The American Academy of Family Physicians, Leawood, Kan., did something a little different this year with its eight-year-old Annual Clinical Focus educational initiative — it was done entirely through video-streaming on the Web. In previous years, it had been more of a multimedia, year-long event involving mainly print enduring materials mixed with some live courses and a few Web activities, says Norman Kahn Jr., MD, AAFP's vice president, science and education.

This year's program, which focuses on medical genomics, is way further out on the cutting edge than the usual ACF topics, says Kahn, and using state-of-the-art technology just made sense. It's the first time the organization has decided to help its members move into a rapidly evolving topic of the future before the members even know what they need to know. “Usually, we could ask them what they need to learn and they could tell us during a needs-assessment process. They couldn't do that with genomics because it's not part of their practice yet,” he says.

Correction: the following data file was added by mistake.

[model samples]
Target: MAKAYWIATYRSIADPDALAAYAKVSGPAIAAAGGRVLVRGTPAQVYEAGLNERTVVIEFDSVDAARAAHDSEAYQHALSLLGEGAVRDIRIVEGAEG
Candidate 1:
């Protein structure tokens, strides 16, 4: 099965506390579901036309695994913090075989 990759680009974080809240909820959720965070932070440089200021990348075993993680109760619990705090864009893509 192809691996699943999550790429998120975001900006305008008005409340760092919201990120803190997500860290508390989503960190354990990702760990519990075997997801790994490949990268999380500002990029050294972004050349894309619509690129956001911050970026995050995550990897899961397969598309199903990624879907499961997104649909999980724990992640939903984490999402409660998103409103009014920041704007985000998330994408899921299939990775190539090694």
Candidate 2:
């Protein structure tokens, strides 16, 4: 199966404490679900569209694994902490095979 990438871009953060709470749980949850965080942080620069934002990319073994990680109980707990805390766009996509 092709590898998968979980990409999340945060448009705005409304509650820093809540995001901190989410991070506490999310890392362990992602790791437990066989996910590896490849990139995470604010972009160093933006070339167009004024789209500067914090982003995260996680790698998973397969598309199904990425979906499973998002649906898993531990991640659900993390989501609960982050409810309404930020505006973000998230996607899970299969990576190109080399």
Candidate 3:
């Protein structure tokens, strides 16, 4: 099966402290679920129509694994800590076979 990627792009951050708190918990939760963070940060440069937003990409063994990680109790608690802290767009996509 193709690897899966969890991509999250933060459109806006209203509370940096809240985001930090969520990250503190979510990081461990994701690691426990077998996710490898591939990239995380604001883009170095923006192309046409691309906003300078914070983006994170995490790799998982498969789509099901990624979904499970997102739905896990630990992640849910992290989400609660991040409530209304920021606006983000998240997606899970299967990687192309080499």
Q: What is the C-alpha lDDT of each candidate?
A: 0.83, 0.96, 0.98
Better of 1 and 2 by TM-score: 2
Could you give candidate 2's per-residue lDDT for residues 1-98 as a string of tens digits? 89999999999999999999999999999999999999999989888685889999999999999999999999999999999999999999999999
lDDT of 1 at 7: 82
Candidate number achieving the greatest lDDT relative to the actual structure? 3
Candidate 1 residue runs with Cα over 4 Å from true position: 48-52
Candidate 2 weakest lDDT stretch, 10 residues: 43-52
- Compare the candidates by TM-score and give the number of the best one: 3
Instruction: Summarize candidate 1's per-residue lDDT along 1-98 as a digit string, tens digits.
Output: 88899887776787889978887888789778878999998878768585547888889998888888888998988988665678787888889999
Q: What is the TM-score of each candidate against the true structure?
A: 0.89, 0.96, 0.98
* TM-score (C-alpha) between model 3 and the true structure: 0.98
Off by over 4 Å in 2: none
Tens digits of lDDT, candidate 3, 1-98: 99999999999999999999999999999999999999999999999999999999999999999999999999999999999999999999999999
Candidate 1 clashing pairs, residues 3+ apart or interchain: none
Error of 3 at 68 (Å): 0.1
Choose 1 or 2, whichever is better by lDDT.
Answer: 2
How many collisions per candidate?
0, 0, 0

The second reason was purely practical: “We received virtually no pharmaceutical industry support for this one,” says Kahn. The commercial support came primarily from federal agencies like the National Human Genome Research Institute and the Maternal and Child Health Bureau, with additional support from foundations including the Susan Komen Breast Cancer Foundation. Because the feds have to give a lot of their support through in-kind contributions, “They gave us a lot of time at the FDA studios, including producers and all the TV equipment,” says Kahn.

Each of the programs is hosted by Nancy Stevens, MD, associate professor of family medicine at the University of Washington, Seattle. Stevens says she presents experts, vignettes, patients, and other physicians who lead the viewer through a very practical orientation of the genome topic, “so you can actually learn something about genomics you can use in your practice the next day.” Each program ends with a Web tour that takes clinicians to sites where they can learn more, and also shows them prescreened sites that they can use to direct their patients to reliable information aimed more at nonclinicians. The streaming videos can be viewed by the public, and physicians can earn CME credits for participating.

“We're getting positive feedback, but we're not getting as much of it as we have in the past,” says Kahn. He adds that the focus for the next two years — child and adolescent care, and management of chronic diseases — will likely garner more in the way of commercial support, so AAFP will likely add back in the other media for future ACFs. But, he adds, “We'll continue to take the best of what we've been able to do on the Web into future ACFs.”